Pennsylvania's 1st Congressional District

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The 1st Congressional District of Pennsylvania is a congressional district located in the southeast region of the state.

Pennsylvania's 1st Congressional District is located in the southeast corner of Pennsylvania and includes southern Philadelphia.[1]

The district previously included primarily central South Philadelphia, along with parts of Delaware County.

The current representative of the 1st congressional district is Robert A. Brady (D).

Elections

2012

See also: Pennsylvania's 1st congressional district elections, 2012

The 1st congressional district of Pennsylvania held an election for the U.S. House of Representatives on November 6, 2012. Incumbent Robert Brady won re-election in the district.[2]

U.S. House, Pennsylvania District 1 General Election, 2012
Party Candidate Vote % Votes
     Democratic Green check mark transparent.pngRobert Brady Incumbent 84.9% 235,394
     Republican John Featherman 15.1% 41,708
Total Votes 277,102
Source: Pennsylvania Department of State "Official Election Results, 2012 General Election"

2010

On November 2, 2010, Robert A. Brady won re-election to the United States House. He ran unopposed in the general election.[3]

U.S. House, Pennsylvania District 1 General Election, 2010
Party Candidate Vote % Votes
     Democratic Green check mark transparent.pngRobert A. Brady incumbent 100% 149,944
Total Votes 149,944

2008

On November 4, 2008, Robert A. Brady won re-election to the United States House. He defeated Mike Muhammad (R) in the general election.[4]

U.S. House, Pennsylvania District 1 General Election, 2008
Party Candidate Vote % Votes
     Democratic Green check mark transparent.pngRobert A. Brady incumbent 90.8% 242,799
     Republican Mike Muhammad 9.2% 24,714
Total Votes 267,513

2006

On November 7, 2006, Robert A. Brady won re-election to the United States House. He defeated Write-in challengers in the general election.[5]

U.S. House, Pennsylvania District 1 General Election, 2006
Party Candidate Vote % Votes
     Democratic Green check mark transparent.pngRobert A. Brady incumbent 100% 137,987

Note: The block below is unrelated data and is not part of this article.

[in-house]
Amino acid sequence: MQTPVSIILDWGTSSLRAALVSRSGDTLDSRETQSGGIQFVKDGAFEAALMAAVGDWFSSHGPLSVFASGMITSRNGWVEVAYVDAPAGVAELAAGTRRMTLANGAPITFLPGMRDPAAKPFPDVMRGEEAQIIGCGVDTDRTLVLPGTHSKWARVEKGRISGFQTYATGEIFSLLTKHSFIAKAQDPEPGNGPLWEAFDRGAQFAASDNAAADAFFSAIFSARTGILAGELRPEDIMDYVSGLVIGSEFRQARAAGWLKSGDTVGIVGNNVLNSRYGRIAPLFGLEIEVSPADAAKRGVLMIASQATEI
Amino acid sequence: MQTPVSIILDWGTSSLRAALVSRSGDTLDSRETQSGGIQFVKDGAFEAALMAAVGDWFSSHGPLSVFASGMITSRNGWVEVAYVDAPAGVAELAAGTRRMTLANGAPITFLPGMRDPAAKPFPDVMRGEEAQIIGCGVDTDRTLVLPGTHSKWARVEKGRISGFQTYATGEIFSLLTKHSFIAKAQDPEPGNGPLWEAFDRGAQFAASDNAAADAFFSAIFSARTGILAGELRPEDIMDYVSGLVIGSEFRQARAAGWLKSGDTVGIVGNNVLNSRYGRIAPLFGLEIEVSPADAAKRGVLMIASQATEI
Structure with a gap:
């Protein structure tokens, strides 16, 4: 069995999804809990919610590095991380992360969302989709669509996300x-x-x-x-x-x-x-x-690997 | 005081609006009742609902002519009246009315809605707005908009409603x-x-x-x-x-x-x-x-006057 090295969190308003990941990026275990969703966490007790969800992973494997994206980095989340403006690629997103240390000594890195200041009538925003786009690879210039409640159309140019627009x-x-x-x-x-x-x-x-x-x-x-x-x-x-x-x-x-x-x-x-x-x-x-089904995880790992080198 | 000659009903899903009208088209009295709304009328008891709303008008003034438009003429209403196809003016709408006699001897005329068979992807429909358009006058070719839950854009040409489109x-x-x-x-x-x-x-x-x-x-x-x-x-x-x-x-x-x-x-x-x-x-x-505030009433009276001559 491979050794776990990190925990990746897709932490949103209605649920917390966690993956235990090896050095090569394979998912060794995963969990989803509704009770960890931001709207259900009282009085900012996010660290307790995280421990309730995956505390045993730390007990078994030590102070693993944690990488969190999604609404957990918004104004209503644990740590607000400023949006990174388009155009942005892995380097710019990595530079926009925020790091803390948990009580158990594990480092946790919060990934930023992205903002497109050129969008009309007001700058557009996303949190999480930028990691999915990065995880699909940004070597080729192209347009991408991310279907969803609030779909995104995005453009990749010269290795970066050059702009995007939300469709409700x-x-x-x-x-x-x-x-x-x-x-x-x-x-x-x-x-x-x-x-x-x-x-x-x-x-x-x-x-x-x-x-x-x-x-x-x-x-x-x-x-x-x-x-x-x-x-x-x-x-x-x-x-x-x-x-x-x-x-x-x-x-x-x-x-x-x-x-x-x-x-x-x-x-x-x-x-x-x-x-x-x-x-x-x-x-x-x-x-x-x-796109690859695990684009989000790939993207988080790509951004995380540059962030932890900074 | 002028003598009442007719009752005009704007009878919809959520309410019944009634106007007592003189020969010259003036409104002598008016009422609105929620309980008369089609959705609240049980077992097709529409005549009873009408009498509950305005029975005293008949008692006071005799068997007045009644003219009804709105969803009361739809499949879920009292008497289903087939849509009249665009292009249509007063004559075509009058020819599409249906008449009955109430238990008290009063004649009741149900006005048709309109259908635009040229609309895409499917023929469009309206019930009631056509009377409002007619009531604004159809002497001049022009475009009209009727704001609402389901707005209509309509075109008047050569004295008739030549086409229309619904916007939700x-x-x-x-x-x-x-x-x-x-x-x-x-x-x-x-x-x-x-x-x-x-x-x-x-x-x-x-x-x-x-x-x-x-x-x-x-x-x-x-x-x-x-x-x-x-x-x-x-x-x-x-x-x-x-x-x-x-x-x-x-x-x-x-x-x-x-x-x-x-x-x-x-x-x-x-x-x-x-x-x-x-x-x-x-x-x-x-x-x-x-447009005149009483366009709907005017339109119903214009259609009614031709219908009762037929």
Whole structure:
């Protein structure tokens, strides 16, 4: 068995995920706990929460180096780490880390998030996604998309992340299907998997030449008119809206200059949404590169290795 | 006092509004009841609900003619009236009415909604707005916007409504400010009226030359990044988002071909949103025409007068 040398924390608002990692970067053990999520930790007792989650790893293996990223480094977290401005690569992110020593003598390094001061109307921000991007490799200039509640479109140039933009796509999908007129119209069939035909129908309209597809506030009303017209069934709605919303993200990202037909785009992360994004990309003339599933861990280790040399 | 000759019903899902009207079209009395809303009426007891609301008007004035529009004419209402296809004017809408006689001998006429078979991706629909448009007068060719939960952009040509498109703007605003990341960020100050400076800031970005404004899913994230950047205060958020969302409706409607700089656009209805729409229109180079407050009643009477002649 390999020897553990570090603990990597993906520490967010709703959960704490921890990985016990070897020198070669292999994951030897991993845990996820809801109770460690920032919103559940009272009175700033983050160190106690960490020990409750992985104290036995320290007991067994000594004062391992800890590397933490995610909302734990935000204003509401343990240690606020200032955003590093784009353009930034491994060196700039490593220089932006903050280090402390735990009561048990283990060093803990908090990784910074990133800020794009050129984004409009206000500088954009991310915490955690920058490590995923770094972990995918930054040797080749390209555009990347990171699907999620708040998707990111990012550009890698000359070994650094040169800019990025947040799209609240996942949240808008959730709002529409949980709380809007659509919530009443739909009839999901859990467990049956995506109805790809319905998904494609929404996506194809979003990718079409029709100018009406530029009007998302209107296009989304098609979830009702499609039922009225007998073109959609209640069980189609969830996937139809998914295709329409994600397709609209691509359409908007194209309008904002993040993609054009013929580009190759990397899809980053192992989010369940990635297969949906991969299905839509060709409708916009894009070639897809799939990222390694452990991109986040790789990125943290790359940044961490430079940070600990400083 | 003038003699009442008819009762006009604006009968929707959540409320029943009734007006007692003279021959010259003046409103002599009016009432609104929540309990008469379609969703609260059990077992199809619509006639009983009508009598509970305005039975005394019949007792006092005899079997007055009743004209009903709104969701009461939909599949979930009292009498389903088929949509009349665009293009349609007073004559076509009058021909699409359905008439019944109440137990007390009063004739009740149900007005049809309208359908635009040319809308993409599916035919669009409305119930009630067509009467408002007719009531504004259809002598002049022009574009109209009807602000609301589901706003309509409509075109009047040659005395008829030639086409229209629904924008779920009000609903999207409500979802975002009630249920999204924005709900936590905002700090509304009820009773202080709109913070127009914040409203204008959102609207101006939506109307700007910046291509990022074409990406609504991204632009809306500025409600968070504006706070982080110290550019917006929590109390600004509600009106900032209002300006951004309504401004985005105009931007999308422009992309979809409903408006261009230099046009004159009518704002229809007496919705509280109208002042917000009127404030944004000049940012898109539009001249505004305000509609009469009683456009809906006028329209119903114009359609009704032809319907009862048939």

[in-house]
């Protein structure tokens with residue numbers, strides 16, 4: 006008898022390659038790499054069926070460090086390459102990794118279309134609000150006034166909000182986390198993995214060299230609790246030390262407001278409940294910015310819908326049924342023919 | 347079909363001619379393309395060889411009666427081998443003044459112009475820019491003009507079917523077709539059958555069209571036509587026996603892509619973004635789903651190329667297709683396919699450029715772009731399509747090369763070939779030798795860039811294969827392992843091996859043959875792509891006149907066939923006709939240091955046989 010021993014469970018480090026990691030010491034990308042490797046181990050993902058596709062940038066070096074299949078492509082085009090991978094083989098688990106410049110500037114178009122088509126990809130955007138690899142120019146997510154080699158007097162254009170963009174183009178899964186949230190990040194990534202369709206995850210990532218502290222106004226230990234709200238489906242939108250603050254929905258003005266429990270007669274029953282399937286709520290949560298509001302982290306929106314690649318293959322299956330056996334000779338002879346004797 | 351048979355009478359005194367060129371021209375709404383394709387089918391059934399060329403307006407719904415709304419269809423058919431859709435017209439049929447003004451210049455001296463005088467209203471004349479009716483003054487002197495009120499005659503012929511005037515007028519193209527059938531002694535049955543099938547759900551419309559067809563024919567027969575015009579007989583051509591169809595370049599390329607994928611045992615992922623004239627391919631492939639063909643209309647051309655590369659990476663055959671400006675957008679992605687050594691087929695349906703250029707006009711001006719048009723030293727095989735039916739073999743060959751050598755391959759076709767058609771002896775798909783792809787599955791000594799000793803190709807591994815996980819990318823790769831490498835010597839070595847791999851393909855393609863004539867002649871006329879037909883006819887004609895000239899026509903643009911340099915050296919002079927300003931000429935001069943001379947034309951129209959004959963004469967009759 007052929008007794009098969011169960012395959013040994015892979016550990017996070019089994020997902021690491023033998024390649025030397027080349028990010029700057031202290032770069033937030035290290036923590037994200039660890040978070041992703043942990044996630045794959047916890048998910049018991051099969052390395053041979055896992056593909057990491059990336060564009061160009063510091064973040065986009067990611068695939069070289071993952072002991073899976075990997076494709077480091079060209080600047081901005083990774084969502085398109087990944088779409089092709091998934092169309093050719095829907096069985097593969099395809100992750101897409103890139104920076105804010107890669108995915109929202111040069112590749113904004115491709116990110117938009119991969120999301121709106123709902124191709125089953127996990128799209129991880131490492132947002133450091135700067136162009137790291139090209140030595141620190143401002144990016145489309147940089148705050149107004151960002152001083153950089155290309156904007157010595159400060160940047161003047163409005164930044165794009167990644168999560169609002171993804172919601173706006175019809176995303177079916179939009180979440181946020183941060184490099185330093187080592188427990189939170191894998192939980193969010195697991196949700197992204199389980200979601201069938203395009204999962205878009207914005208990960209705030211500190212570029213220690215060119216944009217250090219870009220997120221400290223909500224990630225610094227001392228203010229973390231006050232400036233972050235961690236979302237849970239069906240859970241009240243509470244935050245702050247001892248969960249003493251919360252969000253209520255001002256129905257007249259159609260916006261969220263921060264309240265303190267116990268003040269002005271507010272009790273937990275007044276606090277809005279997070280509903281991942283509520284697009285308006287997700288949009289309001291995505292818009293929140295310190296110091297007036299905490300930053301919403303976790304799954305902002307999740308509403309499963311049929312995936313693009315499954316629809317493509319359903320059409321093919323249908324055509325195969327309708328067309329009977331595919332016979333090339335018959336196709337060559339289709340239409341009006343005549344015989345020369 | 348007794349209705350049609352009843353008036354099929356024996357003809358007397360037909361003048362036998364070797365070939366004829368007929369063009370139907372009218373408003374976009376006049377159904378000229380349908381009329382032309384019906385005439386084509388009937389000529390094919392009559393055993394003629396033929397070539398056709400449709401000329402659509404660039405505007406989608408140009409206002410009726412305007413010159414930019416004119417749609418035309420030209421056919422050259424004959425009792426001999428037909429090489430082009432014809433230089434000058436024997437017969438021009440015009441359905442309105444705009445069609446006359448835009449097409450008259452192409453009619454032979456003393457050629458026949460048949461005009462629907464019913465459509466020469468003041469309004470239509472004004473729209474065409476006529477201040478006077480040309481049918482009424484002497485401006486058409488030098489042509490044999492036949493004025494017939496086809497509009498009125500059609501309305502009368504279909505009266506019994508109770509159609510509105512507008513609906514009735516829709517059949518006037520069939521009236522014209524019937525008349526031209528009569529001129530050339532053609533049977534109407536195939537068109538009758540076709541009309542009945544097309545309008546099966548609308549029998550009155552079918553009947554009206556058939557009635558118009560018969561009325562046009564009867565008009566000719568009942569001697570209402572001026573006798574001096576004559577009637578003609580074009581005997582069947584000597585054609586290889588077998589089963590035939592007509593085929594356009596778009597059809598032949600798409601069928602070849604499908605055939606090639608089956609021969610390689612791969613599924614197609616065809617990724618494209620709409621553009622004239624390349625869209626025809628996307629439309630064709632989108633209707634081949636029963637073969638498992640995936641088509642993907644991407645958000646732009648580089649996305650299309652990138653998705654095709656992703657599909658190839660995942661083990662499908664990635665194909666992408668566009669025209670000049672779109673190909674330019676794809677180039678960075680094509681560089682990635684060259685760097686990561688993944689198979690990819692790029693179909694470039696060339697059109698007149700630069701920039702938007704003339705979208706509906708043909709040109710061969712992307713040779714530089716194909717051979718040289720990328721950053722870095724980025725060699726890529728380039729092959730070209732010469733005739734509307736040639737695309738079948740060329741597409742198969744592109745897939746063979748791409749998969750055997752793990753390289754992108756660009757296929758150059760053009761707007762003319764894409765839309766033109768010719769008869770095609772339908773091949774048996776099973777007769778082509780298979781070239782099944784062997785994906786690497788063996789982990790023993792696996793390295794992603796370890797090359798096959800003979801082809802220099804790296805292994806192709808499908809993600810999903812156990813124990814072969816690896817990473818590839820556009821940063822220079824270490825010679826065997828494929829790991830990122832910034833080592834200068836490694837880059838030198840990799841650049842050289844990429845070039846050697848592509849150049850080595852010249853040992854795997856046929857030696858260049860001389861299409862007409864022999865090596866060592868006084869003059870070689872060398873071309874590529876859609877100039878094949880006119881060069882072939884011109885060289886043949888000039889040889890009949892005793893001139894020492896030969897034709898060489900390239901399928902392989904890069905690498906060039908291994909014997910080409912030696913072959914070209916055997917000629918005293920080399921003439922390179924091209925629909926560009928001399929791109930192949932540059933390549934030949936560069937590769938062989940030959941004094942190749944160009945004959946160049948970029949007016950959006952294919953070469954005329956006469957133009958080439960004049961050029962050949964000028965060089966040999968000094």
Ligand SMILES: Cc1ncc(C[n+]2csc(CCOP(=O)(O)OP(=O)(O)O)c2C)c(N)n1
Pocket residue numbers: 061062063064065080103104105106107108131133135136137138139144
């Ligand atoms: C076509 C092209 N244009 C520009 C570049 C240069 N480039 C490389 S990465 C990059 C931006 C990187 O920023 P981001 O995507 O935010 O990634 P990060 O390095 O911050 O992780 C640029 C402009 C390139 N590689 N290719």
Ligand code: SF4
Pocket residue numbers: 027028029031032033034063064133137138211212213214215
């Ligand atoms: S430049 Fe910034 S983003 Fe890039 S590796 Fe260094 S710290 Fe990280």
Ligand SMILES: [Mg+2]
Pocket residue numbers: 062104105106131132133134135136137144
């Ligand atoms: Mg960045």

Total Votes 137,999

2004

On November 2, 2004, Robert A. Brady won re-election to the United States House. He defeated Deborah L. Williams (R) and Christopher Randolph (Randolph for Congress) in the general election.[6]

U.S. House, Pennsylvania District 1 General Election, 2004
Party Candidate Vote % Votes
     Democratic Green check mark transparent.pngRobert A. Brady incumbent 86.3% 214,462
     Republican Deborah L. Williams 13.4% 33,266
     Randolph for Congress Christopher Randolph 0.3% 857
Total Votes 248,585

2002

On November 5, 2002, Robert A. Brady won re-election to the United States House. He defeated Marie G. Delany (R) and Mike Ewall (Green) in the general election.[7]

U.S. House, Pennsylvania District 1 General Election, 2002
Party Candidate Vote % Votes
     Democratic Green check mark transparent.pngRobert A. Brady incumbent 86.4% 121,076
     Republican Marie G. Delany 12.5% 17,444
     Green Mike Ewall 1.1% 1,570
Total Votes 140,090

2000

On November 7, 2000, Robert A. Brady won re-election to the United States House. He defeated Steven N. Kush (R) in the general election.[8]

U.S. House, Pennsylvania District 1 General Election, 2000
Party Candidate Vote % Votes
     Democratic Green check mark transparent.pngRobert A. Brady incumbent 88.3% 149,621
     Republican Steven N. Kush 11.7% 19,920
Total Votes 169,541

1998

On November 3, 1998, Robert A. Brady won election to the United States House. He defeated William M. Harrison (R), John Featherman (L) and Nancy Cole (Socialist Workers Campaign) in the general election.[9]

U.S. House, Pennsylvania District 1 General Election, 1998
Party Candidate Vote % Votes
     Democratic Green check mark transparent.pngRobert A. Brady 81.2% 77,788
     Republican William M. Harrison 16.6% 15,898
     Libertarian John Featherman 1.2% 1,198
     Socialist Workers Campaign Nancy Cole 1% 964
Total Votes 95,848


Redistricting

2010-2011

This is the 1st congressional district prior to the 2010 redistricting.
See also: Redistricting in Pennsylvania

The Legislative Reapportionment Commission in Pennsylvania recently approved the GOP-proposed map, though state Democrats are expected to challenge it in court. [10]

External links

See also

References